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100 BRCA gene variants linked to cancer found

24 June 2019
Appeared in BioNews 1003

A large international study has identified the cancer risk associated with hundreds of mutations in the BRCA1 and BRCA2 genes. The findings will help improve accuracy when interpreting genetic test results. 

The study, led by the QIMR Berghofer Medical Research Institute in Queensland, Australia, assessed 1395 BRCA1 and BRCA2 gene mutations from patient data submitted by 114 institutions. The team determined the cancer risk associated with each variant by analysing patient health records alongside their genetic information.

The team was able to determine 94 BRCA variants that increase someone's likelihood of developing breast, ovarian, prostate and pancreatic cancers. The team was also able to identify 447 variants that could be classified as benign, or likely benign, which would not be of clinical concern if found in a patient. 

More than 20,000 BRCA1 and BRCA2 mutations have been identified in the past. The variants assessed in the study were all previously known, but the impact of each variant on the likelihood of cancer development was not known. However, as only a small subset of all identified mutations were analysed in this study, the significance of many other mutations is still yet to be determined.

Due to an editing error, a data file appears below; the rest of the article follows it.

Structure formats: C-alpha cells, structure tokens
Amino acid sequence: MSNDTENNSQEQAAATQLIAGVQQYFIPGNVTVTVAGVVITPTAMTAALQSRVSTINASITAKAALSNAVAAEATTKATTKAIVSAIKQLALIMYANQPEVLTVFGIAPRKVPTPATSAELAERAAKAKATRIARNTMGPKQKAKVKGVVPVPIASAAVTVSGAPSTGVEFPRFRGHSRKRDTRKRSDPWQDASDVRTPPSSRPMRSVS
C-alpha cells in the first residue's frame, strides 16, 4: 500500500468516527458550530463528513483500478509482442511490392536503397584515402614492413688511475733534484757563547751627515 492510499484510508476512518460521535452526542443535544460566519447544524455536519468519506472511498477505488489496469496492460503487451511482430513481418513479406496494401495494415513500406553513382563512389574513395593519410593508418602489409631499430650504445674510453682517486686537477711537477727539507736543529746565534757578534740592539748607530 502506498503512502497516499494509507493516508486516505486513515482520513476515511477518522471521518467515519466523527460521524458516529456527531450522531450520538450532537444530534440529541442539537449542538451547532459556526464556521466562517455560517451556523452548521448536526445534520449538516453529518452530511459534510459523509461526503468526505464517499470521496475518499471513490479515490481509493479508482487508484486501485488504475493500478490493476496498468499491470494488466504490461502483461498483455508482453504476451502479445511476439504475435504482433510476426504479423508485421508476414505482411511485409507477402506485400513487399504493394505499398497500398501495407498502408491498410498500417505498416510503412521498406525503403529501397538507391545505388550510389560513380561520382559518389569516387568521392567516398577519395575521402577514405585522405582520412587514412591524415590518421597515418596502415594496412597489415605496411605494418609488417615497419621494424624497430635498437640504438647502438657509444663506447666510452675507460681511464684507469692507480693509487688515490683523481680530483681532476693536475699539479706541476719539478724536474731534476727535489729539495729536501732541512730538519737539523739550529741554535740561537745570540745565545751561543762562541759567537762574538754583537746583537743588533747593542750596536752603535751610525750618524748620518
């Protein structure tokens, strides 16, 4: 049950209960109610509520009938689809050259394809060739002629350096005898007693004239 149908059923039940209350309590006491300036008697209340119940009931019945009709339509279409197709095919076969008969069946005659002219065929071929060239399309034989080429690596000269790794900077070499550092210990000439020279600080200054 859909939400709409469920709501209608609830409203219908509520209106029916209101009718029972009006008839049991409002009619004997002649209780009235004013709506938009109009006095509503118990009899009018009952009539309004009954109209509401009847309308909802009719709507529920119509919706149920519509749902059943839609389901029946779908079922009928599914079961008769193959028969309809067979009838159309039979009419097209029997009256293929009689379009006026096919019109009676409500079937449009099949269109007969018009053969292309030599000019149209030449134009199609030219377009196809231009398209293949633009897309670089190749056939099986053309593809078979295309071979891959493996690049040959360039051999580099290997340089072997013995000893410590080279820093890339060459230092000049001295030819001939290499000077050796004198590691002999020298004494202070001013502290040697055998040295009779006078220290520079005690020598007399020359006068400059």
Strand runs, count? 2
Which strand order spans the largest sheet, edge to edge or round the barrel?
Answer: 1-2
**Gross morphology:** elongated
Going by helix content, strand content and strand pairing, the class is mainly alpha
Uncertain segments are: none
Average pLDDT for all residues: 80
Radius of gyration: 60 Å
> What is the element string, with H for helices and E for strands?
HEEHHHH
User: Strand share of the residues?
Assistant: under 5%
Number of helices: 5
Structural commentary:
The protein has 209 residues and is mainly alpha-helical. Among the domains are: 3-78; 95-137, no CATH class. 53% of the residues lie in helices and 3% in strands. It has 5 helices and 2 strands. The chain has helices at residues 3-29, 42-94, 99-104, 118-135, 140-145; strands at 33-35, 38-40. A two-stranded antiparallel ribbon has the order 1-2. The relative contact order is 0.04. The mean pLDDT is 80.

Lead author and head of QIMR Berghofer's Molecular Cancer Epidemiology Group, Dr Amanda Spurdle said: 'If we can narrow down which variants pose a danger, we can reduce concern for clinicians and patients, and avoid unnecessary testing that unfortunately sometimes occurs for individuals with a variant of uncertain significance.' 

The findings could help doctors give advice on how frequently a patient should be screened for breast cancers and whether or not they should consider taking preventative measures. 

Dr Paul James, from the Royal Melbourne Hospital's Familial Cancer Centre and also an author of the study, told ABC News: 'If a variant is not an abnormality, you do not want to be offering aggressive interventions like preventative surgery.'

The research was published in the journal Human Mutation.

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